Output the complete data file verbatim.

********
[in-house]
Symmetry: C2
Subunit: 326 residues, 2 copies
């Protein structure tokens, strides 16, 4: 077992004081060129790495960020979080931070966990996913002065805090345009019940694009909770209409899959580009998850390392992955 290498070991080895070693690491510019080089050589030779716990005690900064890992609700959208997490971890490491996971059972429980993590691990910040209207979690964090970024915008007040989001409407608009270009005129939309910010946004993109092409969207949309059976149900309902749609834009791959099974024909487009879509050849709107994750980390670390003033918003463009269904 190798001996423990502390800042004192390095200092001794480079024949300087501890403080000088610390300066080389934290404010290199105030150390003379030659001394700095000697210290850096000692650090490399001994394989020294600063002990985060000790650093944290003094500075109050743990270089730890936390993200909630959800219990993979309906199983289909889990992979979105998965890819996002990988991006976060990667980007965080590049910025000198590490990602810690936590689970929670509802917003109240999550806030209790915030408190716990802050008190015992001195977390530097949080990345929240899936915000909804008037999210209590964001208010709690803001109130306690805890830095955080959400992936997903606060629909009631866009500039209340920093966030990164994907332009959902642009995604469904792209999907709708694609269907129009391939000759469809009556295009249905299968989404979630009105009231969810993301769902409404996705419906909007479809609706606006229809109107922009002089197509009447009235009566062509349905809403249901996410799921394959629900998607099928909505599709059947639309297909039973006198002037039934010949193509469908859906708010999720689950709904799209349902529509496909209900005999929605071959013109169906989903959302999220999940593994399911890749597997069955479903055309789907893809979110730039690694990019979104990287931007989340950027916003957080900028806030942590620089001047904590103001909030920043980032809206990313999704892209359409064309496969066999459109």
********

[in-house]
Symmetry: C2
Subunit: 326 residues, 2 copies
């Protein structure tokens, strides 16, 4: 077992004081060129790495960020979080931070966990996913002065805090345009019940694009909770209409899959580009998850390392992955 290498070991080895070693690491510019080089050589030779716990005690900064890992609700959208997490971890490491996971059972429980993590691990910040209207979690964090970024915008007040989001409407608009270009005129939309910010946004993109092409969207949309059976149900309902749609834009791959099974024909487009879509050849709107994750980390670390003033918003463009269904 190798001996423990502390800042004192390095200092001794480079024949300087501890403080000088610390300066080389934290404010290199105030150390003379030659001394700095000697210290850096000692650090490399001994394989020294600063002990985060000790650093944290003094500075109050743990270089730890936390993200909630959800219990993979309906199983289909889990992979979105998965890819996002990988991006976060990667980007965080590049910025000198590490990602810690936590689970929670509802917003109240999550806030209790915030408190716990802050008190015992001195977390530097949080990345929240899936915000909804008037999210209590964001208010709690803001109130306690805890830095955080959400992936997903606060629909009631866009500039209340920093966030990164994907332009959902642009995604469904792209999907709708694609269907129009391939000759469809009556295009249905299968989404979630009105009231969810993301769902409404996705419906909007479809609706606006229809109107922009002089197509009447009235009566062509349905809403249901996410799921394959629900998607099928909505599709059947639309297909039973006198002037039934010949193509469908859906708010999720689950709904799209349902529509496909209900005999929605071959013109169906989903959302999220999940593994399911890749597997069955479903055309789907893809979110730039690694990019979104990287931007989340950027916003957080900028806030942590620089001047904590103001909030920043980032809206990313999704892209359409064309496969066999459109």